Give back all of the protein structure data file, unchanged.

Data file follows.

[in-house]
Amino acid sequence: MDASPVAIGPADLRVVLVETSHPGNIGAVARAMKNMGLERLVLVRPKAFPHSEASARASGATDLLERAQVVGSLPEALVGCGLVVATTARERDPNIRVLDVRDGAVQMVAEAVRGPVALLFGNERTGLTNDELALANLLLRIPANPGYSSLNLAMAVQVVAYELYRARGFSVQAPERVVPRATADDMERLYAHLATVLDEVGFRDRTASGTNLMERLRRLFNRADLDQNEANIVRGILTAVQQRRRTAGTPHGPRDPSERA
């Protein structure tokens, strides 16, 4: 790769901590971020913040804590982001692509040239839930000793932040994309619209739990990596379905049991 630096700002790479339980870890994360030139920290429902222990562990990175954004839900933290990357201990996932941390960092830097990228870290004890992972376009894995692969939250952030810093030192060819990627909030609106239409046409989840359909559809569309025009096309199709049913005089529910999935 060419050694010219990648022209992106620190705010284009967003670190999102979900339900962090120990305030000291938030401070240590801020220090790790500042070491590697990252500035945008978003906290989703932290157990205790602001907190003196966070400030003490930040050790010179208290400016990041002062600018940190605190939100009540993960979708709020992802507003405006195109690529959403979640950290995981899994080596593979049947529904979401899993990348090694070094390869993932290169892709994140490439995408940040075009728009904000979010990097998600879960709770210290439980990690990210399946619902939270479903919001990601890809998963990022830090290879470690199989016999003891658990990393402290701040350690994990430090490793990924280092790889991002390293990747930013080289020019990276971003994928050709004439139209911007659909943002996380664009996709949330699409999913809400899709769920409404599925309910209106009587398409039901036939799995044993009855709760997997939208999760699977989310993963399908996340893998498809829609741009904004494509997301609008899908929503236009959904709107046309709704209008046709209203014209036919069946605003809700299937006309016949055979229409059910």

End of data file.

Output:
[in-house]
Amino acid sequence: MDASPVAIGPADLRVVLVETSHPGNIGAVARAMKNMGLERLVLVRPKAFPHSEASARASGATDLLERAQVVGSLPEALVGCGLVVATTARERDPNIRVLDVRDGAVQMVAEAVRGPVALLFGNERTGLTNDELALANLLLRIPANPGYSSLNLAMAVQVVAYELYRARGFSVQAPERVVPRATADDMERLYAHLATVLDEVGFRDRTASGTNLMERLRRLFNRADLDQNEANIVRGILTAVQQRRRTAGTPHGPRDPSERA
């Protein structure tokens, strides 16, 4: 790769901590971020913040804590982001692509040239839930000793932040994309619209739990990596379905049991 630096700002790479339980870890994360030139920290429902222990562990990175954004839900933290990357201990996932941390960092830097990228870290004890992972376009894995692969939250952030810093030192060819990627909030609106239409046409989840359909559809569309025009096309199709049913005089529910999935 060419050694010219990648022209992106620190705010284009967003670190999102979900339900962090120990305030000291938030401070240590801020220090790790500042070491590697990252500035945008978003906290989703932290157990205790602001907190003196966070400030003490930040050790010179208290400016990041002062600018940190605190939100009540993960979708709020992802507003405006195109690529959403979640950290995981899994080596593979049947529904979401899993990348090694070094390869993932290169892709994140490439995408940040075009728009904000979010990097998600879960709770210290439980990690990210399946619902939270479903919001990601890809998963990022830090290879470690199989016999003891658990990393402290701040350690994990430090490793990924280092790889991002390293990747930013080289020019990276971003994928050709004439139209911007659909943002996380664009996709949330699409999913809400899709769920409404599925309910209106009587398409039901036939799995044993009855709760997997939208999760699977989310993963399908996340893998498809829609741009904004494509997301609008899908929503236009959904709107046309709704209008046709209203014209036919069946605003809700299937006309016949055979229409059910």